What’s the difference between a valid reason and a workout excuse?

by Suzy Oge on October 12, 2012

It might seem like a fine line to you, but the difference between the two is huge. Since launching the Kick-Ass Fall Fitness Kick-off last week, I’ve heard enough workout excuses in 10 days to last a lifetime. Your workout excuses are so plentiful, they are gonna make us both fat; you for obvious reasons, and me from the spiking cortisol levels with every lame excuse I hear.

Too early, too late, too cold, too hot, too hard, too easy, too many, too few, too much, too little…

It reminds me of the popular children’s book by Stan Berenstain, “Old Hat, New Hat”…

True, my kind of workouts are not for everyone, but any motivated person could actually do every one of the exercises, at their own level, as I did when I started; totally out of shape and weighing one burrito shy of 200 pounds.

And of course the times are not convenient for everyone either. But when faced with inconvenience or obstacles, there are two kinds of people in the world ….

1) The first kind of person says…I couldn’t possibly make it, period. (This is the standard response and a clear majority of people fall into this category.)

2) The second kind of person says…I couldn’t possibly make it at the scheduled time due to the inflexible nature of my job or the the grumpy disposition of my boss, but would you possibly consider training me in the park after work? (guy pictured above)

So what turns a perfectly valid reason into an excuse? It’s what you do about it. For every reason, there is a solution or workaround… if you just look for one.

An excuse is a reason that you grab onto very tightly and hold so close to your self that  it becomes part of you. It is the permission you give yourself for not only failing to achieve the things you want in life, but for not even trying.

Sadly, the excuse I hear most often is…I couldn’t possibly, because I have children. (Personally, I have never used my kids as an excuse for being fat, or not doing things in my life, please stop doing that!)

So while the difference between a reason and an excuse might appear subtle when you tell yourself or other people why you couldn’t possibly do something, the huge difference shows up in the results.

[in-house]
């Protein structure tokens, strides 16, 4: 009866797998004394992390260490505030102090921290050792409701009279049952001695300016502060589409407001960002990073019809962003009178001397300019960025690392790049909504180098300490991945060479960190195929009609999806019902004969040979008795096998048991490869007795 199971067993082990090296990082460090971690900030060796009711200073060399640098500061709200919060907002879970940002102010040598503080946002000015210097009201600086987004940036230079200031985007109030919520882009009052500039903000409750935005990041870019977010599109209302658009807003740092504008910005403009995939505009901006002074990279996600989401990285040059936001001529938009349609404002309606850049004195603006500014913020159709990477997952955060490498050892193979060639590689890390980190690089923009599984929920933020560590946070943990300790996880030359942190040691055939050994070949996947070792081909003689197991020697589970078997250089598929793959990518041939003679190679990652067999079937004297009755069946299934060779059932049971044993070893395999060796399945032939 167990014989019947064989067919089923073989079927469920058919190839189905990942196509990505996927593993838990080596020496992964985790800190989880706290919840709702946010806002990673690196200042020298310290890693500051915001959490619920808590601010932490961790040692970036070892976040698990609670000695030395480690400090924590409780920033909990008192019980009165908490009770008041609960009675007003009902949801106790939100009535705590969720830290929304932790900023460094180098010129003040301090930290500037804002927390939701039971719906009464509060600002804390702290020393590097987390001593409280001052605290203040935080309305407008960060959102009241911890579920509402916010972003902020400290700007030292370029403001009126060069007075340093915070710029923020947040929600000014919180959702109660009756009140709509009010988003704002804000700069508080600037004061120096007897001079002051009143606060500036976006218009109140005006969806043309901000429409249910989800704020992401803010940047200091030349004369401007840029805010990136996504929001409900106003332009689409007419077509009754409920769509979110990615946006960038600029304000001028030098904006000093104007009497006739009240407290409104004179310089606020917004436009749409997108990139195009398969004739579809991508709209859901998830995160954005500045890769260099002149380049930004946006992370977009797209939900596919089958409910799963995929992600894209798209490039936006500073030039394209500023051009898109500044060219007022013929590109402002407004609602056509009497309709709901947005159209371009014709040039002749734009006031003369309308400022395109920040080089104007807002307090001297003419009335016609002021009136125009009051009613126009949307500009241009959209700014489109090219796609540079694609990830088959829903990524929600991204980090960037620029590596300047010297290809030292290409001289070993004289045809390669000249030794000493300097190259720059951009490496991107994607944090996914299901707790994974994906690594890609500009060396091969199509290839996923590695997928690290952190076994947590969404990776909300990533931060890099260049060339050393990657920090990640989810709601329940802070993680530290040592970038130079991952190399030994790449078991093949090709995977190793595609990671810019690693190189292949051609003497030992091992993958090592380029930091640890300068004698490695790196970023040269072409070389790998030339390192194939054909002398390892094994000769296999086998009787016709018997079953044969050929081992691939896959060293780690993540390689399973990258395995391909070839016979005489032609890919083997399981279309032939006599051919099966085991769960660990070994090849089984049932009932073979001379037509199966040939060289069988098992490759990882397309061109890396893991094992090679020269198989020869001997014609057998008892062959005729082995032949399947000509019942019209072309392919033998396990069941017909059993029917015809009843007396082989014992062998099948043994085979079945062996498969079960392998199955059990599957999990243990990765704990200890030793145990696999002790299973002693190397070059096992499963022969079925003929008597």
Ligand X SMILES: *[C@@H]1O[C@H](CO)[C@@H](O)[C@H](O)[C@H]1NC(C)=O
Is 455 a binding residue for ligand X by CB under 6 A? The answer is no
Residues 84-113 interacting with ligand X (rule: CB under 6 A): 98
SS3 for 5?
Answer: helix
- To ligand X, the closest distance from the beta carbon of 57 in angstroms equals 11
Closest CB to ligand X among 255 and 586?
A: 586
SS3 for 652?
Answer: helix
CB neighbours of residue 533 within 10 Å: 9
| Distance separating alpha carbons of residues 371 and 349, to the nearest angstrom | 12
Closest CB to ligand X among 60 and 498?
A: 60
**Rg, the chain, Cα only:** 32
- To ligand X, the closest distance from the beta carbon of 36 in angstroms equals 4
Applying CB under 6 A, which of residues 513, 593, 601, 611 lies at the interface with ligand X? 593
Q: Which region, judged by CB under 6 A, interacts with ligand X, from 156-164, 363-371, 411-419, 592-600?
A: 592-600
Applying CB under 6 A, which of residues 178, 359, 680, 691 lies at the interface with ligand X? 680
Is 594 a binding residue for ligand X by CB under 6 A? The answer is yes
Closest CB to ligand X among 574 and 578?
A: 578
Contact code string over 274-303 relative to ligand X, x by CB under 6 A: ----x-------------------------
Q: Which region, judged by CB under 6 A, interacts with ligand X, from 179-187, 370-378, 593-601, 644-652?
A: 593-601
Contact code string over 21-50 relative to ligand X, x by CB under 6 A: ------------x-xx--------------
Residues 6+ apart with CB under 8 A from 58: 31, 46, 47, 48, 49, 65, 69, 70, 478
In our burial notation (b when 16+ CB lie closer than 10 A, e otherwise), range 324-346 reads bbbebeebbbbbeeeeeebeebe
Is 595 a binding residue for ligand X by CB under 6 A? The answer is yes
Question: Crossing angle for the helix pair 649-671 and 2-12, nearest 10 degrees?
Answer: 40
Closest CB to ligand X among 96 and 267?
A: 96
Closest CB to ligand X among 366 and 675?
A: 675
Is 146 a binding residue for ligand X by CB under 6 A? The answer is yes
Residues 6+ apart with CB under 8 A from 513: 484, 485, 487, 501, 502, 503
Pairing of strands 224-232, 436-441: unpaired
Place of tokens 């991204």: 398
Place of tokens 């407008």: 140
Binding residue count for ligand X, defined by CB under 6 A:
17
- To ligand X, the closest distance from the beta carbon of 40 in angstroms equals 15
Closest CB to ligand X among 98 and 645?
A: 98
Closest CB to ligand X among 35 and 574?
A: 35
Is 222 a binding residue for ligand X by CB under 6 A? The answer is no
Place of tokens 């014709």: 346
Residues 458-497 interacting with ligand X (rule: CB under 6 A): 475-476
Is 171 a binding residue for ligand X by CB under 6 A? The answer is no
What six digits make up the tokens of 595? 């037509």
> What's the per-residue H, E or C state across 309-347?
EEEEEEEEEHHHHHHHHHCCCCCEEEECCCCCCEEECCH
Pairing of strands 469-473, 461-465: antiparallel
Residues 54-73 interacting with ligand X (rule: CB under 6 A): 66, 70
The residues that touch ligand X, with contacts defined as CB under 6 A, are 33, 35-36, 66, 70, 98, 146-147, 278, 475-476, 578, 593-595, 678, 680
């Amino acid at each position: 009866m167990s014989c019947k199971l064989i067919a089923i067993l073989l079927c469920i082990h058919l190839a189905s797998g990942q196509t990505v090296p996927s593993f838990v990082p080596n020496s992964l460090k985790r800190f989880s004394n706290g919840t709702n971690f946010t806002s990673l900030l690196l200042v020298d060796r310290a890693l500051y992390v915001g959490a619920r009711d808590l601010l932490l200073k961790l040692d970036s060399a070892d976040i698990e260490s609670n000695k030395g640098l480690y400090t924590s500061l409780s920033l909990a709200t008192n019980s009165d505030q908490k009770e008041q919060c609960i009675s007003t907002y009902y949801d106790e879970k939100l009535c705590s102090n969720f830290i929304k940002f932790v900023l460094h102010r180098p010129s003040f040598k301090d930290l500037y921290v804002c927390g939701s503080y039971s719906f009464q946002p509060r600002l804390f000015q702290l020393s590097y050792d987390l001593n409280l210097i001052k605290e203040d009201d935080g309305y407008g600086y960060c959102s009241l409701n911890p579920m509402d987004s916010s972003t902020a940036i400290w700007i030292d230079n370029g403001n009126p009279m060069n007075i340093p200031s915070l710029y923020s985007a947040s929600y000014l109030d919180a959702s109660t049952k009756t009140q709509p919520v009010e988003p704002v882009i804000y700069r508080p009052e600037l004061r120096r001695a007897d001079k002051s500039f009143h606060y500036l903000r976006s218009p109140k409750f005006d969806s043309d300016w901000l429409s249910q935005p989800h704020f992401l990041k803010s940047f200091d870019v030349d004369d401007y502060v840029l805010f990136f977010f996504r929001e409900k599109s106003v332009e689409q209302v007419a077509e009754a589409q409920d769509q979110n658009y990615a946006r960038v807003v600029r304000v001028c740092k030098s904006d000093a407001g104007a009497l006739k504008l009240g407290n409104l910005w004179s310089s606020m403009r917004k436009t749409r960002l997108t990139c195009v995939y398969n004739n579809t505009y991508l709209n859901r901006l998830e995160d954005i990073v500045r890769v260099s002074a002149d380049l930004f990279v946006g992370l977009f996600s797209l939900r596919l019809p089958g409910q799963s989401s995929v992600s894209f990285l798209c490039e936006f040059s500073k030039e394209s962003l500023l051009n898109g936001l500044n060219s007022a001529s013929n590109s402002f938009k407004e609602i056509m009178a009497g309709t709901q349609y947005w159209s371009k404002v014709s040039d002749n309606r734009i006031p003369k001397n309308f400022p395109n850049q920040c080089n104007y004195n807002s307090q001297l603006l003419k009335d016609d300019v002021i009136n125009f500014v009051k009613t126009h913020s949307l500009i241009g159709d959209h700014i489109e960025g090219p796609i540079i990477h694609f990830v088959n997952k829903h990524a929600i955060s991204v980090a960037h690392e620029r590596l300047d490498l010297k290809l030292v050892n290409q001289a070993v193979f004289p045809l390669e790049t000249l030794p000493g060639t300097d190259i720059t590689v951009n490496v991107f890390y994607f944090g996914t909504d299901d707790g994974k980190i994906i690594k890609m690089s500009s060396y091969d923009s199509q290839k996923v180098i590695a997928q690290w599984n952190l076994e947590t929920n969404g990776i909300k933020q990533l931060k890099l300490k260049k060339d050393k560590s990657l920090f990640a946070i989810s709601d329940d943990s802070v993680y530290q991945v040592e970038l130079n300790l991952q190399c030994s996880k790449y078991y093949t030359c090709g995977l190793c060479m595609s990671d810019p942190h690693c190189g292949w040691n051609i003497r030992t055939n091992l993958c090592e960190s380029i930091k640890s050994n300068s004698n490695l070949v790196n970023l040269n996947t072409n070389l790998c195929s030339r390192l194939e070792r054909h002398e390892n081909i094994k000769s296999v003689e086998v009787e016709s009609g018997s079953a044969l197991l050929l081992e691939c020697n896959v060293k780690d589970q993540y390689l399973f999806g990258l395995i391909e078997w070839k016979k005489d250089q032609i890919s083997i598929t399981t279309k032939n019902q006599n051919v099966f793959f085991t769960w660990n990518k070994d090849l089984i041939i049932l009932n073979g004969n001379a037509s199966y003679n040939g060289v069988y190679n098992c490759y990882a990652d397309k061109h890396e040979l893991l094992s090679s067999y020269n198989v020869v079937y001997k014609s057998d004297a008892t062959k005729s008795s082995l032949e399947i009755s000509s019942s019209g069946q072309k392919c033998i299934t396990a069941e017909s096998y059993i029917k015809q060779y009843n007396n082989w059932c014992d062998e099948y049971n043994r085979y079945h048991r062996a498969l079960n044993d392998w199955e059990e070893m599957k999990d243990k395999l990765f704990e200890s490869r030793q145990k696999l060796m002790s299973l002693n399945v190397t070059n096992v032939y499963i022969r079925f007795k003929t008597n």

When you find the solution or workaround for your perfectly valid reason, great news…you get results. On the contrary, when you hold on to your reason and it becomes an excuse, guess what…no results, but you do get to keep your excuse for as long as you choose!

So last night I trained this highly motivated individual because he could rush back from a meeting in Amsterdam to make it at our agreed time, that was possible.  My two kids played on the pirate ship playground nearby; pretending they were pirates and the darkening sky was the Red Sea; the bag of fruit I brought for their snack was the treasure…because dinner could be a little later last night, it was possible.

At the end of the workout, my trainee laid on his back among the fall leaves beside me and huffed and puffed as I counted out the last reps. The irony was not lost on me that the only other people in the park at this hour were the hoards of people coming and going from the strangely placed all-you-can-eat Chinese Wok restaurant located in the park, just a few meters away from our workout spot. They don’t do fortune cookies much here in Holland, but I’ve got a fitness fortune for you…”He who shows up to do the nightcrawler workout…wins!”

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